- January 4th, 2011, President Obama signed the FDA Food Safety Modernization Act, into Law.
- This is the first food safety law in over 70 years
- The Purpose: To better protect human and animal health by helping to ensure the safety and security of the food and feed supply.
The focus of the FSMA, is to prevent food safety problems before they occur. The FSMA is to establish criteria and definitions that would apply in determining whether food is adulterated as a result of it being transported or offered for transport under conditions that are not in compliance with the sanitary food transport regulations.
The 6 Focuses of the Food Safety Modernization Act
- Preventive controls requirements for human food
- Preventive controls requirements for animal food
- Standards for produce safety
- A foreign supplier verification Program for importers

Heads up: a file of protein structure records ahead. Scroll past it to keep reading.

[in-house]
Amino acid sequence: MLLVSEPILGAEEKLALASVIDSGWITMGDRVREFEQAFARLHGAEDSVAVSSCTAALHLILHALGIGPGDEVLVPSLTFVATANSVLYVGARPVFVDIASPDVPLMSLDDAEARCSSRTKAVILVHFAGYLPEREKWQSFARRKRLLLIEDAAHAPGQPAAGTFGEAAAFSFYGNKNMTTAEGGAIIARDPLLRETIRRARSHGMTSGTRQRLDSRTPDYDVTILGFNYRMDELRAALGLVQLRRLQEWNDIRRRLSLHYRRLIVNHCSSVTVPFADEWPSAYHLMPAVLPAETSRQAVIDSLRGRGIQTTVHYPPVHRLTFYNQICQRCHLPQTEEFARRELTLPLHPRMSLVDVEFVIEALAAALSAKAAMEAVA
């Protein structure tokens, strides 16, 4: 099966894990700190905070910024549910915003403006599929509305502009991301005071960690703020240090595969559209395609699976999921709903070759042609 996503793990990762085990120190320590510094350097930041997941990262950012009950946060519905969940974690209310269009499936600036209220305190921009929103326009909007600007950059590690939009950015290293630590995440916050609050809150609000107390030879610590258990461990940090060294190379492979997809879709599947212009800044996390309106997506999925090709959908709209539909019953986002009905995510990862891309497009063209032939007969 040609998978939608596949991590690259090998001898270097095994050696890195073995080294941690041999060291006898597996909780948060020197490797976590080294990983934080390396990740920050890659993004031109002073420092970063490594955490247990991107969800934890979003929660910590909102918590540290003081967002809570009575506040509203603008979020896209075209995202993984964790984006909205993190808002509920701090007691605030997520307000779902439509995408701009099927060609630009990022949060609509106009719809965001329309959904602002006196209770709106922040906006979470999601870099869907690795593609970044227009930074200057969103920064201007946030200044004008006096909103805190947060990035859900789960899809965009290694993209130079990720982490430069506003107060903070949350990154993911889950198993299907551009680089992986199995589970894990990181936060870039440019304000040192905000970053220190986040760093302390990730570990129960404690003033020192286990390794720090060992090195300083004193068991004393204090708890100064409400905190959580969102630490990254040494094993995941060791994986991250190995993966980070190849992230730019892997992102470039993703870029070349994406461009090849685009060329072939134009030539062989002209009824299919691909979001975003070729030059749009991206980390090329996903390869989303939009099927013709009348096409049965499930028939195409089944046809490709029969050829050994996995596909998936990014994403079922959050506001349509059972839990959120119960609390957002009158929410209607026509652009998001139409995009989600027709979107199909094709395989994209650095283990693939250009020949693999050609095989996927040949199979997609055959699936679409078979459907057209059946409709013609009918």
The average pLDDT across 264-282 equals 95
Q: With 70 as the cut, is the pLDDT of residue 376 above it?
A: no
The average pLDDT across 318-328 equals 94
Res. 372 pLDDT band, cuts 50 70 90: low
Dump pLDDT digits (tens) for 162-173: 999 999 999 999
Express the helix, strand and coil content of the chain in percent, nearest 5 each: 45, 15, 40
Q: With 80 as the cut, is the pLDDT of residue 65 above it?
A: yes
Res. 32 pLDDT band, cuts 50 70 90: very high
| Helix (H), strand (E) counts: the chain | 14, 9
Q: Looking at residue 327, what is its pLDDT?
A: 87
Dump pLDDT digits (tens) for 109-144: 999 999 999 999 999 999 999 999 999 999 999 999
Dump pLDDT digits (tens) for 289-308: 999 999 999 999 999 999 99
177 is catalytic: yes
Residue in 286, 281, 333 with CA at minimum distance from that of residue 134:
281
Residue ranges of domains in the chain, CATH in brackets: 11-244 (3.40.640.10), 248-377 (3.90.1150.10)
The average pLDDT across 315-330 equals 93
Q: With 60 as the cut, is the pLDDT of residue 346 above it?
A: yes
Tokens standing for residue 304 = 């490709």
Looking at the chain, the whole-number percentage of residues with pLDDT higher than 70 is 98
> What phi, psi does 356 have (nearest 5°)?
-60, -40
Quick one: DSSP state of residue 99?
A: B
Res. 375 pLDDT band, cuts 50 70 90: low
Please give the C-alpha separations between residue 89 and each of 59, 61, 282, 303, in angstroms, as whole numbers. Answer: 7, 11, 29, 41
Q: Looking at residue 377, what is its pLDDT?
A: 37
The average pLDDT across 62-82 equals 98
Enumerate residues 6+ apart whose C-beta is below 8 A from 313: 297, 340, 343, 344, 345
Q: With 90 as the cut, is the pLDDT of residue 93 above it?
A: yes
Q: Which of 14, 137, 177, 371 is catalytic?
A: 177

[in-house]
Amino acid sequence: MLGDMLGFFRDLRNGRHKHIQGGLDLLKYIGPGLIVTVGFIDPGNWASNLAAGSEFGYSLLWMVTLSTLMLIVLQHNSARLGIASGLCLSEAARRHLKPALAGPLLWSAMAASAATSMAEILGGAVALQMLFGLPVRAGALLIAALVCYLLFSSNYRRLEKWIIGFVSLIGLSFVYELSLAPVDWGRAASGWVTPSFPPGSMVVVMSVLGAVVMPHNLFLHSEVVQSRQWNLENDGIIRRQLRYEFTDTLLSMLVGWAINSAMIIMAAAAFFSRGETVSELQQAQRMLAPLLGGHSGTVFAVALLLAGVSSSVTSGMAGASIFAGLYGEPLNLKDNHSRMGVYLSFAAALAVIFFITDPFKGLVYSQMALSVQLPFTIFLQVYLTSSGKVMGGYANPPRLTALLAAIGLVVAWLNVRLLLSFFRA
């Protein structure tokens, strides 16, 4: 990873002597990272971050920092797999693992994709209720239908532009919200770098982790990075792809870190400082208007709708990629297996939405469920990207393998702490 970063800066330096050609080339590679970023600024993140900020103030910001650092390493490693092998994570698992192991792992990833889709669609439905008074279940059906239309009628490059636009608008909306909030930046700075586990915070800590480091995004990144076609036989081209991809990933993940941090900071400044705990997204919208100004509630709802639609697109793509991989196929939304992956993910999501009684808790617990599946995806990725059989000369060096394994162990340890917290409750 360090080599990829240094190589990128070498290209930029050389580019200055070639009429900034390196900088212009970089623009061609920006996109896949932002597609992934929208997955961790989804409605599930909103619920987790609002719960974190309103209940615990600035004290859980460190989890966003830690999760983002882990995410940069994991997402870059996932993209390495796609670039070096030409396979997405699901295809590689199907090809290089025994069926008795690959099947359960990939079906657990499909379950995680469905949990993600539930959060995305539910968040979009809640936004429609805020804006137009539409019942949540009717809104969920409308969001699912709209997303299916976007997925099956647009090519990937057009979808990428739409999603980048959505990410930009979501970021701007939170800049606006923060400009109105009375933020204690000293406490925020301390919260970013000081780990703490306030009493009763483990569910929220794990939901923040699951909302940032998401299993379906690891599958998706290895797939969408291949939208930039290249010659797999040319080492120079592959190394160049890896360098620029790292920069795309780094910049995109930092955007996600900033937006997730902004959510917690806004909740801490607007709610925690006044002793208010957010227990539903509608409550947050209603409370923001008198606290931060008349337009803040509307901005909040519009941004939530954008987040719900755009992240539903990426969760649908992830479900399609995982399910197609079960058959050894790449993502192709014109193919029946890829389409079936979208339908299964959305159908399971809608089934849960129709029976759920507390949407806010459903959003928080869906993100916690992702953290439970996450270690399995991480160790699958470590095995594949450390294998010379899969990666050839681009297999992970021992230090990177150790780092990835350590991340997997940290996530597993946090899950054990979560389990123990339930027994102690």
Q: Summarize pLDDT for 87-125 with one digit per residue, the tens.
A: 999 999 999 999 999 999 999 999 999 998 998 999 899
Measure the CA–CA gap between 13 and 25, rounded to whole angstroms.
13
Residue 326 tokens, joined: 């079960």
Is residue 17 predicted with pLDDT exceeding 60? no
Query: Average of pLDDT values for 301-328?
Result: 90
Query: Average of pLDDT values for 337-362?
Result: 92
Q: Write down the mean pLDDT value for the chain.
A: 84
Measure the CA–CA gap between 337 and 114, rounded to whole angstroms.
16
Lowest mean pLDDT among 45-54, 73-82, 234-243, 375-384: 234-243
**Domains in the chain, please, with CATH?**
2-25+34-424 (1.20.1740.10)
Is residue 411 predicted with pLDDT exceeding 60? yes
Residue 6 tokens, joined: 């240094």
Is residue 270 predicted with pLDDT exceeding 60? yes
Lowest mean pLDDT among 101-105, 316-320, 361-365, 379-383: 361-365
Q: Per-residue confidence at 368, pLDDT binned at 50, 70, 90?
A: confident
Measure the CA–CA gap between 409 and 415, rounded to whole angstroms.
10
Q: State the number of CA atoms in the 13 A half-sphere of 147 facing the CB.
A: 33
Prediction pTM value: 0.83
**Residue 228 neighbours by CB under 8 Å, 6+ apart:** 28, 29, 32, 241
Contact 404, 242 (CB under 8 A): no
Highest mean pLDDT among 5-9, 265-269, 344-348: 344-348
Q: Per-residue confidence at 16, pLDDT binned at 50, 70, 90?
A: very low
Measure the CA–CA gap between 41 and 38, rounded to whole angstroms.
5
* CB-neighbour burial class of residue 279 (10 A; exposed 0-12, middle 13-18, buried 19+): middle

- A program for accreditation of third-party auditors to conduct food safety audits
- To Focus mitigation strategies to prevent intentional tampering to cause large-scale public harm
What to Expect
The Food Safety Modernization Act will affect all aspects of the current transportation landscape. The rules on the horizon will address:
- Vehicles and Transportation Equipment – requirements for the design and maintenance to ensure that it does not cause food that it transports to become contaminated
- Transportation Operations – defining steps to ensure food is not contaminated during transportation (i.e. adequate temperature controls)
- Information Exchange – Standardized procedures to share information between shippers, carriers and receivers, regarding prior cargos, cleaning of equipment and temperature controls
- Training – Carrier personnel sanitary transportation practices and documentation of the training
- Records – Requirements for maintaining written procedures and records related to equipment cleaning, cargo history, and temperature control
- Waivers – Procedures by which the FDA will waive any of the above requirements